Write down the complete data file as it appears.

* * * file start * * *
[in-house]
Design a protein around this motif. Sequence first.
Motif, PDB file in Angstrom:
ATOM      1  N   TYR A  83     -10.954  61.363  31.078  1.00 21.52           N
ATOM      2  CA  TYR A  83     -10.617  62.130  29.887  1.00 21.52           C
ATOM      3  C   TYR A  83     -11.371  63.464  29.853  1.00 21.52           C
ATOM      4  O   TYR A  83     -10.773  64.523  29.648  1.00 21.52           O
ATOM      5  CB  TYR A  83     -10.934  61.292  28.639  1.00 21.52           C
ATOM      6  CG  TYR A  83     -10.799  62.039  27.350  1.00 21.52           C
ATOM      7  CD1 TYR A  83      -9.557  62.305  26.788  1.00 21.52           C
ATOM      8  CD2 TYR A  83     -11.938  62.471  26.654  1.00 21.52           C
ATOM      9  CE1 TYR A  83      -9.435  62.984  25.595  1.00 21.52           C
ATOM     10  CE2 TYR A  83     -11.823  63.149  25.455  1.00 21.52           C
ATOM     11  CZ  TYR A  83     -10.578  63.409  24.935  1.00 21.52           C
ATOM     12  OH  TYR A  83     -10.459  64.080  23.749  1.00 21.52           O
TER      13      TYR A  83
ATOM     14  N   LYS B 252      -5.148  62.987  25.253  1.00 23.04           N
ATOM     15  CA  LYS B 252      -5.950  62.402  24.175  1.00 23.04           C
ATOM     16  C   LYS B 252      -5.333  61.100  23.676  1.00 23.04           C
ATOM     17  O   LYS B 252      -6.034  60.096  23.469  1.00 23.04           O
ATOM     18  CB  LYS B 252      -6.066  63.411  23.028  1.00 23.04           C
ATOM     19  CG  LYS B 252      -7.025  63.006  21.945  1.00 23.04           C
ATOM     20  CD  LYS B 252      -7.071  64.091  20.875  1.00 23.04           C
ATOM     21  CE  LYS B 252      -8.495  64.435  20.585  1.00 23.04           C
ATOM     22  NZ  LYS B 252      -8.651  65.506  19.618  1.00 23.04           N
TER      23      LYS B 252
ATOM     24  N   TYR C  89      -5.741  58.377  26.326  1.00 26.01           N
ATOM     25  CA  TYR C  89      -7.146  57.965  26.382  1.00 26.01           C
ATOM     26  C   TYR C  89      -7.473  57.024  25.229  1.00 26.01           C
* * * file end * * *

[in-house]
Design a protein around this motif. Sequence first.
Motif, PDB file in Angstrom:
ATOM      1  N   TYR A  83     -10.954  61.363  31.078  1.00 21.52           N
ATOM      2  CA  TYR A  83     -10.617  62.130  29.887  1.00 21.52           C
ATOM      3  C   TYR A  83     -11.371  63.464  29.853  1.00 21.52           C
ATOM      4  O   TYR A  83     -10.773  64.523  29.648  1.00 21.52           O
ATOM      5  CB  TYR A  83     -10.934  61.292  28.639  1.00 21.52           C
ATOM      6  CG  TYR A  83     -10.799  62.039  27.350  1.00 21.52           C
ATOM      7  CD1 TYR A  83      -9.557  62.305  26.788  1.00 21.52           C
ATOM      8  CD2 TYR A  83     -11.938  62.471  26.654  1.00 21.52           C
ATOM      9  CE1 TYR A  83      -9.435  62.984  25.595  1.00 21.52           C
ATOM     10  CE2 TYR A  83     -11.823  63.149  25.455  1.00 21.52           C
ATOM     11  CZ  TYR A  83     -10.578  63.409  24.935  1.00 21.52           C
ATOM     12  OH  TYR A  83     -10.459  64.080  23.749  1.00 21.52           O
TER      13      TYR A  83
ATOM     14  N   LYS B 252      -5.148  62.987  25.253  1.00 23.04           N
ATOM     15  CA  LYS B 252      -5.950  62.402  24.175  1.00 23.04           C
ATOM     16  C   LYS B 252      -5.333  61.100  23.676  1.00 23.04           C
ATOM     17  O   LYS B 252      -6.034  60.096  23.469  1.00 23.04           O
ATOM     18  CB  LYS B 252      -6.066  63.411  23.028  1.00 23.04           C
ATOM     19  CG  LYS B 252      -7.025  63.006  21.945  1.00 23.04           C
ATOM     20  CD  LYS B 252      -7.071  64.091  20.875  1.00 23.04           C
ATOM     21  CE  LYS B 252      -8.495  64.435  20.585  1.00 23.04           C
ATOM     22  NZ  LYS B 252      -8.651  65.506  19.618  1.00 23.04           N
TER      23      LYS B 252
ATOM     24  N   TYR C  89      -5.741  58.377  26.326  1.00 26.01           N
ATOM     25  CA  TYR C  89      -7.146  57.965  26.382  1.00 26.01           C
ATOM     26  C   TYR C  89      -7.473  57.024  25.229  1.00 26.01           C